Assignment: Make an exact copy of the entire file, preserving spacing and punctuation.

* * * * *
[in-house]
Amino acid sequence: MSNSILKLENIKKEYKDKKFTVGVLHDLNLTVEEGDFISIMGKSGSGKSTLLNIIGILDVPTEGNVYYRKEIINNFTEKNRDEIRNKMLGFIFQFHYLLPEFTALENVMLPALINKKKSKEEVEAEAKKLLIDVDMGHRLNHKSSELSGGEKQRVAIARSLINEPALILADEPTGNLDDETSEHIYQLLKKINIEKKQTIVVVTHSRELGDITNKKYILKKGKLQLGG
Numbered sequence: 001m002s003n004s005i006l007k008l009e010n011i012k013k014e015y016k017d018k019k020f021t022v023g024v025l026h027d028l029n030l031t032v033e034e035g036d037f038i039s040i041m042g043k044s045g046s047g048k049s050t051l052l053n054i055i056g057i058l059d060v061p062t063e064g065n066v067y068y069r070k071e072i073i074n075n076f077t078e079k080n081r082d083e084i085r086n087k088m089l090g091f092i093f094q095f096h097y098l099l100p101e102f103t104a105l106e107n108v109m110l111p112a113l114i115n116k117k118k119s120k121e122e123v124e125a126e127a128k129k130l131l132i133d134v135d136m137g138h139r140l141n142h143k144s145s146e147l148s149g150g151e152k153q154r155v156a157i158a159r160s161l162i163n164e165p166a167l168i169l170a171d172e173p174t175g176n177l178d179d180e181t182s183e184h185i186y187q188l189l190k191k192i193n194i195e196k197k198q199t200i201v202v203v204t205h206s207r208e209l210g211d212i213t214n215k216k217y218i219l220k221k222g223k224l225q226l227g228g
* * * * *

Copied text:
[in-house]
Amino acid sequence: MSNSILKLENIKKEYKDKKFTVGVLHDLNLTVEEGDFISIMGKSGSGKSTLLNIIGILDVPTEGNVYYRKEIINNFTEKNRDEIRNKMLGFIFQFHYLLPEFTALENVMLPALINKKKSKEEVEAEAKKLLIDVDMGHRLNHKSSELSGGEKQRVAIARSLINEPALILADEPTGNLDDETSEHIYQLLKKINIEKKQTIVVVTHSRELGDITNKKYILKKGKLQLGG
Numbered sequence: 001m002s003n004s005i006l007k008l009e010n011i012k013k014e015y016k017d018k019k020f021t022v023g024v025l026h027d028l029n030l031t032v033e034e035g036d037f038i039s040i041m042g043k044s045g046s047g048k049s050t051l052l053n054i055i056g057i058l059d060v061p062t063e064g065n066v067y068y069r070k071e072i073i074n075n076f077t078e079k080n081r082d083e084i085r086n087k088m089l090g091f092i093f094q095f096h097y098l099l100p101e102f103t104a105l106e107n108v109m110l111p112a113l114i115n116k117k118k119s120k121e122e123v124e125a126e127a128k129k130l131l132i133d134v135d136m137g138h139r140l141n142h143k144s145s146e147l148s149g150g151e152k153q154r155v156a157i158a159r160s161l162i163n164e165p166a167l168i169l170a171d172e173p174t175g176n177l178d179d180e181t182s183e184h185i186y187q188l189l190k191k192i193n194i195e196k197k198q199t200i201v202v203v204t205h206s207r208e209l210g211d212i213t214n215k216k217y218i219l220k221k222g223k224l225q226l227g228g